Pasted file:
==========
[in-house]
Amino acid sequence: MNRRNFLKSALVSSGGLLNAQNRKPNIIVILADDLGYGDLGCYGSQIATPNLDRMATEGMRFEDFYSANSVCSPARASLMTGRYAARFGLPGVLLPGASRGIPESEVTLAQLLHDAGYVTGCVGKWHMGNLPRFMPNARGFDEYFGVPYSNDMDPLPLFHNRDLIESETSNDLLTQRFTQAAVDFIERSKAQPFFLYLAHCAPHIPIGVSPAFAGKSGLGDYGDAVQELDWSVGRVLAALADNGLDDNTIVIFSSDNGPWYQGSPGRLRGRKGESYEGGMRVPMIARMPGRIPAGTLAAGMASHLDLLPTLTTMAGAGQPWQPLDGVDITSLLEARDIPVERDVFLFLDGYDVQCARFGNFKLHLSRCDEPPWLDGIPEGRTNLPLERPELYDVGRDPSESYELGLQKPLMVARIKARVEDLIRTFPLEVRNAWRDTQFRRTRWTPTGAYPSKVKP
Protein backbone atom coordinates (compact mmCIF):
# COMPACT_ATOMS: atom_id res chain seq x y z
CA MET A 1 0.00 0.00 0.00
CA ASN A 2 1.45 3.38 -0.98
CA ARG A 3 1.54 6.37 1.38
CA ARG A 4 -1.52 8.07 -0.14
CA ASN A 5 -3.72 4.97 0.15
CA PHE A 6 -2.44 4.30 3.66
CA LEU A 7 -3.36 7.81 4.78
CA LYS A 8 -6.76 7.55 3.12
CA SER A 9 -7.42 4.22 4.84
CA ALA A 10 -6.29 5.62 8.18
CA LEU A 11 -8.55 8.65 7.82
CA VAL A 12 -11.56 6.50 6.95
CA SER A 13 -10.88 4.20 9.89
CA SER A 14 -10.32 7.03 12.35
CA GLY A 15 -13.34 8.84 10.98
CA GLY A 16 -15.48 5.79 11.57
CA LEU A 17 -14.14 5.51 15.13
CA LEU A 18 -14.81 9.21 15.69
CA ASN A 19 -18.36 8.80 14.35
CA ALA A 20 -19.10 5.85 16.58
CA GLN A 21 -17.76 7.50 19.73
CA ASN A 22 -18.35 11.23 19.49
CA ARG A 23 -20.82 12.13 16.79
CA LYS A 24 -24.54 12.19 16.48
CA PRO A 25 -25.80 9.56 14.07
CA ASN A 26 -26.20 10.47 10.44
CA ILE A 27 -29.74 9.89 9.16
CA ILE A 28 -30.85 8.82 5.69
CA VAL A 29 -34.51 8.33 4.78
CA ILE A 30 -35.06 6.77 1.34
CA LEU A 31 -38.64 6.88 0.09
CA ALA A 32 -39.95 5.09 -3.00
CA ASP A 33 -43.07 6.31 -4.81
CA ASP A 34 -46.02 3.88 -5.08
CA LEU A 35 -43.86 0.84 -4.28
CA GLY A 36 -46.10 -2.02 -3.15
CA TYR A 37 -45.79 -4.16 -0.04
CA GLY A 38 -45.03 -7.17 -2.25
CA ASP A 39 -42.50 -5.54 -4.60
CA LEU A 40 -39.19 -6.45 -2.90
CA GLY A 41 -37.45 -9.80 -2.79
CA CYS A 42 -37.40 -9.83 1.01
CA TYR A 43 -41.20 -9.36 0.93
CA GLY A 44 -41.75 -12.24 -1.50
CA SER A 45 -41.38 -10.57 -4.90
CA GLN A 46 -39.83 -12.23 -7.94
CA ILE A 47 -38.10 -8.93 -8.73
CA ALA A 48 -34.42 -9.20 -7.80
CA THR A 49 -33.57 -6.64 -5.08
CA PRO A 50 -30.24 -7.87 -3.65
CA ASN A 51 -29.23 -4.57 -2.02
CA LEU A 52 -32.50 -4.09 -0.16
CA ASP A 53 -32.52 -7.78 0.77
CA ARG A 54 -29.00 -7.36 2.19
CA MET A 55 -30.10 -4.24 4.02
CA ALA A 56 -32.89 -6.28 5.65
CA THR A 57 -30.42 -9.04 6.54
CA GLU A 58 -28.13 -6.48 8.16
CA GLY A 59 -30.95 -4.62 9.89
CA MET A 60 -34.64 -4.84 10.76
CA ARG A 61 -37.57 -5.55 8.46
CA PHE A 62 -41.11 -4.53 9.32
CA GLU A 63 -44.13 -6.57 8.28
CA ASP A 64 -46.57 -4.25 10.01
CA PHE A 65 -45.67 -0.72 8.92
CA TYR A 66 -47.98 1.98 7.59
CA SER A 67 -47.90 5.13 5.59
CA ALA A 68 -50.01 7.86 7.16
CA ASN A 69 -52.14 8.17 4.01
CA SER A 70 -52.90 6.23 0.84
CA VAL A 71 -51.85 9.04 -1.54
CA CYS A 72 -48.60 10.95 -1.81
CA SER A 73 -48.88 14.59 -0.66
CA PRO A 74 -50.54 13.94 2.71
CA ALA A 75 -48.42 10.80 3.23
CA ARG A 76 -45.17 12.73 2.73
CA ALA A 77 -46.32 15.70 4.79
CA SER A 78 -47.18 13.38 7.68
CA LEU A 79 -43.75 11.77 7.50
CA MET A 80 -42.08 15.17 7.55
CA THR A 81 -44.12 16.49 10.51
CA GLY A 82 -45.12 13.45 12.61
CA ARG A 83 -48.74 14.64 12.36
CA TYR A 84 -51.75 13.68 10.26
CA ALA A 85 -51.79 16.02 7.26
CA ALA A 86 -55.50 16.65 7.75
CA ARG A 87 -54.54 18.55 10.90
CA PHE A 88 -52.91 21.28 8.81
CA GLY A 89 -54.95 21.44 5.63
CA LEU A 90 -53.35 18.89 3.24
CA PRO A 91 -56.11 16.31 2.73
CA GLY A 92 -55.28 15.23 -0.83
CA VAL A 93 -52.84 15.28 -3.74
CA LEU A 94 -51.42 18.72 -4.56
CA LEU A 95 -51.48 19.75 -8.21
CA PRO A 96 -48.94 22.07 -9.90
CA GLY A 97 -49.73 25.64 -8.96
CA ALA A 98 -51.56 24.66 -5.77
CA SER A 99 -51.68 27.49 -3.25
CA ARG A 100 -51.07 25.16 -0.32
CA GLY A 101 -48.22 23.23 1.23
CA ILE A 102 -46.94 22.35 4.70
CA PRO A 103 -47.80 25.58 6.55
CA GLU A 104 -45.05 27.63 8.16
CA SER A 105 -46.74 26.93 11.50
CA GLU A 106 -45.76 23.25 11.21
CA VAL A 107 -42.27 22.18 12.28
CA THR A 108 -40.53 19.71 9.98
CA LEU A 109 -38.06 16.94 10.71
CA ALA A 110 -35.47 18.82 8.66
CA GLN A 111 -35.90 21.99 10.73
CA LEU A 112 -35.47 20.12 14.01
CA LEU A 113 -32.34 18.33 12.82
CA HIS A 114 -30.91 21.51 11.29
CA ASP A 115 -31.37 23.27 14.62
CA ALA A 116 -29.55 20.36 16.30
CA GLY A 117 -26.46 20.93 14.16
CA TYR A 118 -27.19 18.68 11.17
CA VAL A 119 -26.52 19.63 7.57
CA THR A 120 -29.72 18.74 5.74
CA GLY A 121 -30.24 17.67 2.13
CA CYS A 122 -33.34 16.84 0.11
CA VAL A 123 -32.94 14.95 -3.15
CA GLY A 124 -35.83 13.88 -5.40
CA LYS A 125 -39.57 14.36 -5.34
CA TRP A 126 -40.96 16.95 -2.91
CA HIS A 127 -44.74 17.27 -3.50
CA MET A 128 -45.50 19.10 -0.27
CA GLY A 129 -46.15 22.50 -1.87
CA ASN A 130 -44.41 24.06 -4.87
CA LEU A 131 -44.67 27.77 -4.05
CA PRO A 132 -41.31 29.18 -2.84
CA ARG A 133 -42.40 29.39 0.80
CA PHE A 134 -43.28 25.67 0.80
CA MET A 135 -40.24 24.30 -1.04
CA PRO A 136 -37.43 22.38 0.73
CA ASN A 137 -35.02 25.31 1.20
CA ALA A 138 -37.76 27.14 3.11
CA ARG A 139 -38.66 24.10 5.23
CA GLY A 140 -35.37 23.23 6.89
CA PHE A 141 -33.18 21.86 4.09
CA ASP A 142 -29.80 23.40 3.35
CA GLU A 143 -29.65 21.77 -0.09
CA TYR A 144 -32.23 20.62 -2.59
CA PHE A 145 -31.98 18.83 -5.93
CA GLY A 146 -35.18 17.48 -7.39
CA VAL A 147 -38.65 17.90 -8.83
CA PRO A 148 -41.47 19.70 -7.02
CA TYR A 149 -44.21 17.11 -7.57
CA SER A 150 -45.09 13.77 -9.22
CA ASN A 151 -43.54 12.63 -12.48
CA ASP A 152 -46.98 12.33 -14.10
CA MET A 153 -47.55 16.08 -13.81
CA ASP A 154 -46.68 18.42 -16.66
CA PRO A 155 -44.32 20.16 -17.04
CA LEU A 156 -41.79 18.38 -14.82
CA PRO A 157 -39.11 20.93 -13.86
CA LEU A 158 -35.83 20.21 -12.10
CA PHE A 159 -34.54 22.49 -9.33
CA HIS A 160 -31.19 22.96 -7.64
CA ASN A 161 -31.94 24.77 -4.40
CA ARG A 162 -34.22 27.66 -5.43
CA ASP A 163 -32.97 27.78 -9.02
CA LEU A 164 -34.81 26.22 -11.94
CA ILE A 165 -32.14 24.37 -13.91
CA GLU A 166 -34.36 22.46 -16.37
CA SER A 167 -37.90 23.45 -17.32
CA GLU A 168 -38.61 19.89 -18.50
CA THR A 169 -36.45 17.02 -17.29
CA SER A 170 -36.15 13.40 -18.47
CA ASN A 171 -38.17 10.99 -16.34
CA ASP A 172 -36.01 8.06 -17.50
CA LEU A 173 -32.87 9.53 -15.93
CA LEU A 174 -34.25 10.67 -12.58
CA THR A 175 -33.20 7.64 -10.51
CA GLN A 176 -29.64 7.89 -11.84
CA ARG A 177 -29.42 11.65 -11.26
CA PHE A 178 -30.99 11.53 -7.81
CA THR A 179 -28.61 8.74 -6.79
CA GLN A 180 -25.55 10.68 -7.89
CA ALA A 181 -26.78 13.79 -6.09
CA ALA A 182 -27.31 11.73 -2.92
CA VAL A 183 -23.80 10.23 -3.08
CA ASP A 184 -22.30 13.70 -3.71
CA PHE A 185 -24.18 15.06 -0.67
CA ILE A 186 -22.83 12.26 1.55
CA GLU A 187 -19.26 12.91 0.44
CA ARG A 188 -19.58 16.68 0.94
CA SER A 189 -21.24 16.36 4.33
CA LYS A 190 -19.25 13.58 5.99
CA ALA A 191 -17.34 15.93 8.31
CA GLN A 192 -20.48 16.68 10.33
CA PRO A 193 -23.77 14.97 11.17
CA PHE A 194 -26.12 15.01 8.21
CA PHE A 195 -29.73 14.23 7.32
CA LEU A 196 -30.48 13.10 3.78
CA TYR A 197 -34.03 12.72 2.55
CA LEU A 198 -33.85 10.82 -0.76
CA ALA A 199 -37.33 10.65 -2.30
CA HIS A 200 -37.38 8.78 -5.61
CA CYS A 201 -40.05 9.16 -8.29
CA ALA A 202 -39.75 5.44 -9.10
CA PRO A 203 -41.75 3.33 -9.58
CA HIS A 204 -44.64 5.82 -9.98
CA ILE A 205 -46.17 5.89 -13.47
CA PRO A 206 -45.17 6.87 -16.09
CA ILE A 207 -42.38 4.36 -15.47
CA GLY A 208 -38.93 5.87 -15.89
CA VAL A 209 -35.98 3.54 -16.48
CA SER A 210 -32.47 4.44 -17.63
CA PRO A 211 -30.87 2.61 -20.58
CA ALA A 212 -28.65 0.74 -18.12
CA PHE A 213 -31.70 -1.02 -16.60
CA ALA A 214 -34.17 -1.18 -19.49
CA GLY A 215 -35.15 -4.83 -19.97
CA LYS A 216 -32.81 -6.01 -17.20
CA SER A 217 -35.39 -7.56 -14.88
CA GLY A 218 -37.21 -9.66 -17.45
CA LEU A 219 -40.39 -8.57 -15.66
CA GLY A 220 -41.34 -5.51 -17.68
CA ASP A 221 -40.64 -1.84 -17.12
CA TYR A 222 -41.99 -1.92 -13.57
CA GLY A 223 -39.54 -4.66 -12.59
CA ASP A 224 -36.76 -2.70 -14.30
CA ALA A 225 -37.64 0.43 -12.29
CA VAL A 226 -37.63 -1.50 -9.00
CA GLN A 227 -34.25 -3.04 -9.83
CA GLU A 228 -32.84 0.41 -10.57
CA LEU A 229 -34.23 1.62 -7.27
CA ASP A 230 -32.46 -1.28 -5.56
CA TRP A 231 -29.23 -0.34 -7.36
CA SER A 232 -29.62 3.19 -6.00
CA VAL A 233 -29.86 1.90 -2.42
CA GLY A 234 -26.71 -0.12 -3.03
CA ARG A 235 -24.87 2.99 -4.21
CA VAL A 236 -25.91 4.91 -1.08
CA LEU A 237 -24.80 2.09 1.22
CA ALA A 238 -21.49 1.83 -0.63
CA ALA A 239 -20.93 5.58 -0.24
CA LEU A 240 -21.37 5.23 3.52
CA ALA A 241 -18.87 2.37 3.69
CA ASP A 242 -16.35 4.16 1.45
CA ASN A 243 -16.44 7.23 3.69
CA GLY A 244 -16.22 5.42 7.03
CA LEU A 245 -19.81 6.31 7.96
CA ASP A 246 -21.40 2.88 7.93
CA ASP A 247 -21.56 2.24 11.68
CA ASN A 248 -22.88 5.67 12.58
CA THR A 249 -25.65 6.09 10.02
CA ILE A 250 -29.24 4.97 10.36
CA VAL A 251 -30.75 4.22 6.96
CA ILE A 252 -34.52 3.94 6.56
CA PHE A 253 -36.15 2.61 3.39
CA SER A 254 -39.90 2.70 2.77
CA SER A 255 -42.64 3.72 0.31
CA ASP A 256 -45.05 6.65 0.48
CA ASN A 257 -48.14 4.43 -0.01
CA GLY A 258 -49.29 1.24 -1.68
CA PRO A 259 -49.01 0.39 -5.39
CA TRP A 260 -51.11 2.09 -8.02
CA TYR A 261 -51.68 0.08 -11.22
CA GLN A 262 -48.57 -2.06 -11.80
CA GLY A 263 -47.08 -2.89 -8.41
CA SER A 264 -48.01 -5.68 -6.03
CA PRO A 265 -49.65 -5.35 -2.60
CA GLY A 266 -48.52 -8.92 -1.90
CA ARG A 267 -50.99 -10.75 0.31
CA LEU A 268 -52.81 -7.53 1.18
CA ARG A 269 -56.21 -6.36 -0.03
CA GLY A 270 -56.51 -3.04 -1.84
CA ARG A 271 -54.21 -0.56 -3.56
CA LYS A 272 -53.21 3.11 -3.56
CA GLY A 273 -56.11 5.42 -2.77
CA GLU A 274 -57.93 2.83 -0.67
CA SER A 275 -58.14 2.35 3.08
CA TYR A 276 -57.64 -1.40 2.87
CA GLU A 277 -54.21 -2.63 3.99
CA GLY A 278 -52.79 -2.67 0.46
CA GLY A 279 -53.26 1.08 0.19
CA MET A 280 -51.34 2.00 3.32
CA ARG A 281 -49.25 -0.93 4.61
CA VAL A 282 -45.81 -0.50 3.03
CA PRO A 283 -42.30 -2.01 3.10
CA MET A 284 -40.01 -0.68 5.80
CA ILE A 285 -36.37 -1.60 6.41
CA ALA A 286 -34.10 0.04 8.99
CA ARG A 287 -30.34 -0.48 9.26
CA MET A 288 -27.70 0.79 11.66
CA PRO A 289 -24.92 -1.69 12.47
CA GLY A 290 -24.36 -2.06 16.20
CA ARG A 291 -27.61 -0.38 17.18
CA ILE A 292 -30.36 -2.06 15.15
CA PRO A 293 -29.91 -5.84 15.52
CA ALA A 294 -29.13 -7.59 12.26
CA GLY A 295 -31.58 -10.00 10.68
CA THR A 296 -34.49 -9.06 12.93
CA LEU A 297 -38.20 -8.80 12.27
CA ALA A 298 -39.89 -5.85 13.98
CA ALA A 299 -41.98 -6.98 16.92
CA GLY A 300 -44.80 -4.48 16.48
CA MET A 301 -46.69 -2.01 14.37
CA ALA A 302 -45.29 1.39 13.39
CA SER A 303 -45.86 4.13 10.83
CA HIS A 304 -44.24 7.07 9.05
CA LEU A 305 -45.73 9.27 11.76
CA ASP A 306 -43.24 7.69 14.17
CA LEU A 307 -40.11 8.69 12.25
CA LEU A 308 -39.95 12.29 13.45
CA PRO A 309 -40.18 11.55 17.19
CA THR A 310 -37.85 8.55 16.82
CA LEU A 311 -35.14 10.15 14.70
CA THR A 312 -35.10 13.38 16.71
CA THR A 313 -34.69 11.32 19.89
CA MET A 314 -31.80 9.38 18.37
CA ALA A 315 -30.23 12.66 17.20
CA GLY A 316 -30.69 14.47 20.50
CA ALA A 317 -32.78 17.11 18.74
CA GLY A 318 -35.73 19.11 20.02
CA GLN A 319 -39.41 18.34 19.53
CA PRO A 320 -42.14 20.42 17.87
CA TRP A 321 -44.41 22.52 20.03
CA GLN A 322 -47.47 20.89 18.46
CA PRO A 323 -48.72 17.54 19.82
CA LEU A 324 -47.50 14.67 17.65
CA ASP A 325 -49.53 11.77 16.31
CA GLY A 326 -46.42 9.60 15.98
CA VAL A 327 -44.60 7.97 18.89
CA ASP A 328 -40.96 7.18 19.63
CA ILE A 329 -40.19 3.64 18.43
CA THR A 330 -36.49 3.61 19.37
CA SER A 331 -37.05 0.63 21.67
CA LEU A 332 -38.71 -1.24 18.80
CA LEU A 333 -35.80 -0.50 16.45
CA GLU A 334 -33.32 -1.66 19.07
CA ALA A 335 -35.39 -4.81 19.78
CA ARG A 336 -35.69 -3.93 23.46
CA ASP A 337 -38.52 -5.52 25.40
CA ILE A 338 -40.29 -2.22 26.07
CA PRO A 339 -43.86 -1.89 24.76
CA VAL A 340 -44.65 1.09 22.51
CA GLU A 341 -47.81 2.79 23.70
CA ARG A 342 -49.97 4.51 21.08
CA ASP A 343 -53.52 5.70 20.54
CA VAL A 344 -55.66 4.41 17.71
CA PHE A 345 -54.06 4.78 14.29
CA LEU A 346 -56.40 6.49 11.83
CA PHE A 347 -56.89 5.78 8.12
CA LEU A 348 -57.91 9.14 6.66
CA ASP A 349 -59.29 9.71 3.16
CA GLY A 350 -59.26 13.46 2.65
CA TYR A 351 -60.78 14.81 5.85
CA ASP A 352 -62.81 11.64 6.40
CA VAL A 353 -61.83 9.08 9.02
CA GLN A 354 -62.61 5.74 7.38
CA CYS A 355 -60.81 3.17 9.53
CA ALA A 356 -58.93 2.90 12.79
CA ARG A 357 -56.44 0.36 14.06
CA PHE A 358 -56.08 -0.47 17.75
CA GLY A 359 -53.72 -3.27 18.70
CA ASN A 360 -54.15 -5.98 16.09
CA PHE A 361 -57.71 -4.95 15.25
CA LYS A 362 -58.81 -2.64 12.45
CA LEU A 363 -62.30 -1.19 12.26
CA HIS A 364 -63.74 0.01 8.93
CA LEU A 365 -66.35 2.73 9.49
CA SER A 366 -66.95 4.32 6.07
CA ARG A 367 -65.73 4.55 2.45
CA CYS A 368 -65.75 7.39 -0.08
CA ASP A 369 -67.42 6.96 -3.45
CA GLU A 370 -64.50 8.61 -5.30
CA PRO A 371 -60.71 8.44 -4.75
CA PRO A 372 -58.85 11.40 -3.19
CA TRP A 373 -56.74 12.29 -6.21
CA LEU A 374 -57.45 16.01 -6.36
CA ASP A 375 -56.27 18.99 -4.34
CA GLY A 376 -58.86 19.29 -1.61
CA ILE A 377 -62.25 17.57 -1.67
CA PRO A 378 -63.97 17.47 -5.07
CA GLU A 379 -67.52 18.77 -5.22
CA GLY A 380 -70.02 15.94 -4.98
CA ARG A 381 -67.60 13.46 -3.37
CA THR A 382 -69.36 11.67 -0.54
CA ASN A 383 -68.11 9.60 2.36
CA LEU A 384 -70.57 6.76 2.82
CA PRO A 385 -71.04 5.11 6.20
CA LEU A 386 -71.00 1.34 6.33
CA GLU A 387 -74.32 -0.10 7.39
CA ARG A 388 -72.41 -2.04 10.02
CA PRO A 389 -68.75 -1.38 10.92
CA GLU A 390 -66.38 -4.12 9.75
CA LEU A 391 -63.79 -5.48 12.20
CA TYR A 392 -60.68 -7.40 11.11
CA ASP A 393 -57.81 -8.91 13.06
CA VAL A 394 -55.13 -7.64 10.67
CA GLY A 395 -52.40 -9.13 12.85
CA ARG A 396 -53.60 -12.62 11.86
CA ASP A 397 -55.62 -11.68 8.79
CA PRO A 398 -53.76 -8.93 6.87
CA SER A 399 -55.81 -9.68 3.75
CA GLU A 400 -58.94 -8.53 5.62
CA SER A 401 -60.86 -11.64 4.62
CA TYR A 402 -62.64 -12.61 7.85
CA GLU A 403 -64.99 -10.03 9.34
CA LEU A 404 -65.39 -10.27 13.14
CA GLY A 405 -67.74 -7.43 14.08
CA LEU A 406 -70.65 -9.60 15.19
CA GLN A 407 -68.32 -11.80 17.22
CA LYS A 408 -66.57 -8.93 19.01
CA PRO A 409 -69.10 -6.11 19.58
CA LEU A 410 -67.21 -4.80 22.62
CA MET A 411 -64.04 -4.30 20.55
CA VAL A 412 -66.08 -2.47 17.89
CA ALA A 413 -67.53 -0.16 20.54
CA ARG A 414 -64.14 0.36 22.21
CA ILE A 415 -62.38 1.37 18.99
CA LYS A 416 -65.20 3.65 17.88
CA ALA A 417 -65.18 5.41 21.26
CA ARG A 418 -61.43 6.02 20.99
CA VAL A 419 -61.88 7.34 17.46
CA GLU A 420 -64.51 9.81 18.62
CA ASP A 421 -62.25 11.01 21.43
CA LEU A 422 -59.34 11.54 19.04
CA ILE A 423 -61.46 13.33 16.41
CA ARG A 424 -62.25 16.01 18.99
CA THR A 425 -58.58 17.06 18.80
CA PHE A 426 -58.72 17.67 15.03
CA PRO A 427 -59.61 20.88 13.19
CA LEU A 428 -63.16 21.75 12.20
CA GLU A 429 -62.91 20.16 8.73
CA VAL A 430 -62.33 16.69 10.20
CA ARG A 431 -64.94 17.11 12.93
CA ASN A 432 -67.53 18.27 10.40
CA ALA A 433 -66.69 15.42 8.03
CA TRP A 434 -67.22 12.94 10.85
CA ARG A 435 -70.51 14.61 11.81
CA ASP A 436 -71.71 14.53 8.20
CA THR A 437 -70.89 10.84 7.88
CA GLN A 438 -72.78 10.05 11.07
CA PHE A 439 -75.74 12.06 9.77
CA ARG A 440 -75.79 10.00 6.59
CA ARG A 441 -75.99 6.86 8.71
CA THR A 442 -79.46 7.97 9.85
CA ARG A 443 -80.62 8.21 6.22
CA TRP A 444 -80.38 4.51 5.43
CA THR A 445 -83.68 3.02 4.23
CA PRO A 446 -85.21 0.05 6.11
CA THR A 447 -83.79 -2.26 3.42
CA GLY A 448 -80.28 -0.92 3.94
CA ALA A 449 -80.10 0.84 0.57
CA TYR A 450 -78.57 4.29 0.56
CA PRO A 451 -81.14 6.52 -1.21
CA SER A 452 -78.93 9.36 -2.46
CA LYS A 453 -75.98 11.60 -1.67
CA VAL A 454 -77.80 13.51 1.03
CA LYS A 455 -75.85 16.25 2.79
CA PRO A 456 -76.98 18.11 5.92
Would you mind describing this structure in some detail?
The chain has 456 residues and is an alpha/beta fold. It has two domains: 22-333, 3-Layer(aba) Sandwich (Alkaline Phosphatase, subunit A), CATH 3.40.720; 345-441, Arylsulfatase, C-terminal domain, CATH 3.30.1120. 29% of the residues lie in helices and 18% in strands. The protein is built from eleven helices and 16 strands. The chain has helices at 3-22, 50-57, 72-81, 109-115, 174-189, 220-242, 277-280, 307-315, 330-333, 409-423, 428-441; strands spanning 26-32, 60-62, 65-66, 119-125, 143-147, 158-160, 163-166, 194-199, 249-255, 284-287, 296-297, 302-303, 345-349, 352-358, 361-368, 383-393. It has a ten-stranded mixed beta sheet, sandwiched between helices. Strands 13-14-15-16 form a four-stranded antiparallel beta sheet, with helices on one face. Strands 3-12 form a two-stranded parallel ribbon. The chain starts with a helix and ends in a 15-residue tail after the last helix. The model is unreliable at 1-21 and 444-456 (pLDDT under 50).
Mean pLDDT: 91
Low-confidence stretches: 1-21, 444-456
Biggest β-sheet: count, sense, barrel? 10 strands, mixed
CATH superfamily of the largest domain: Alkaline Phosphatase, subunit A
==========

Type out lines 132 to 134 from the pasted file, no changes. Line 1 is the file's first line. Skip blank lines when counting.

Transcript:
CA MET A 128 -45.50 19.10 -0.27
CA GLY A 129 -46.15 22.50 -1.87
CA ASN A 130 -44.41 24.06 -4.87